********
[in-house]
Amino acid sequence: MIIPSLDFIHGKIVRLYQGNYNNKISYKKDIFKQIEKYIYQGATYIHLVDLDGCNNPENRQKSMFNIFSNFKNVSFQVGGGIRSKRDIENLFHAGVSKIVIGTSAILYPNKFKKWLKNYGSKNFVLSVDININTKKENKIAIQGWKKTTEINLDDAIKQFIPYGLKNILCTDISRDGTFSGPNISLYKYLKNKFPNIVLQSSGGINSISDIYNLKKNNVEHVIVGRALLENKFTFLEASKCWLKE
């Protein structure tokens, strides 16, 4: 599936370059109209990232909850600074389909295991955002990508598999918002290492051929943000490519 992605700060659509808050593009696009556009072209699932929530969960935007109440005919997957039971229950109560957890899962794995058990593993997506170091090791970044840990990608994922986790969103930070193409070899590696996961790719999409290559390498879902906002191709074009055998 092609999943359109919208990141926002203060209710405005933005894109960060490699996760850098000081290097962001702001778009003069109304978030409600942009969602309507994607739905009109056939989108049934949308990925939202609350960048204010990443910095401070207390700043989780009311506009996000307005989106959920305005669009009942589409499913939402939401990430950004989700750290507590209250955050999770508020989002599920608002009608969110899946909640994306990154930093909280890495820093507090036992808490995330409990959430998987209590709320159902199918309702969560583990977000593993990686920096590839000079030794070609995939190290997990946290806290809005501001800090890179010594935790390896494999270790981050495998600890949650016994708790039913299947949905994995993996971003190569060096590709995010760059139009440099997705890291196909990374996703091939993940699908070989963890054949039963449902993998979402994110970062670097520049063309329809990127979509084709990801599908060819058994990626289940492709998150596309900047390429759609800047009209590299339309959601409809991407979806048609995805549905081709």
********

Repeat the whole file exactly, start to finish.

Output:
[in-house]
Amino acid sequence: MIIPSLDFIHGKIVRLYQGNYNNKISYKKDIFKQIEKYIYQGATYIHLVDLDGCNNPENRQKSMFNIFSNFKNVSFQVGGGIRSKRDIENLFHAGVSKIVIGTSAILYPNKFKKWLKNYGSKNFVLSVDININTKKENKIAIQGWKKTTEINLDDAIKQFIPYGLKNILCTDISRDGTFSGPNISLYKYLKNKFPNIVLQSSGGINSISDIYNLKKNNVEHVIVGRALLENKFTFLEASKCWLKE
């Protein structure tokens, strides 16, 4: 599936370059109209990232909850600074389909295991955002990508598999918002290492051929943000490519 992605700060659509808050593009696009556009072209699932929530969960935007109440005919997957039971229950109560957890899962794995058990593993997506170091090791970044840990990608994922986790969103930070193409070899590696996961790719999409290559390498879902906002191709074009055998 092609999943359109919208990141926002203060209710405005933005894109960060490699996760850098000081290097962001702001778009003069109304978030409600942009969602309507994607739905009109056939989108049934949308990925939202609350960048204010990443910095401070207390700043989780009311506009996000307005989106959920305005669009009942589409499913939402939401990430950004989700750290507590209250955050999770508020989002599920608002009608969110899946909640994306990154930093909280890495820093507090036992808490995330409990959430998987209590709320159902199918309702969560583990977000593993990686920096590839000079030794070609995939190290997990946290806290809005501001800090890179010594935790390896494999270790981050495998600890949650016994708790039913299947949905994995993996971003190569060096590709995010760059139009440099997705890291196909990374996703091939993940699908070989963890054949039963449902993998979402994110970062670097520049063309329809990127979509084709990801599908060819058994990626289940492709998150596309900047390429759609800047009209590299339309959601409809991407979806048609995805549905081709």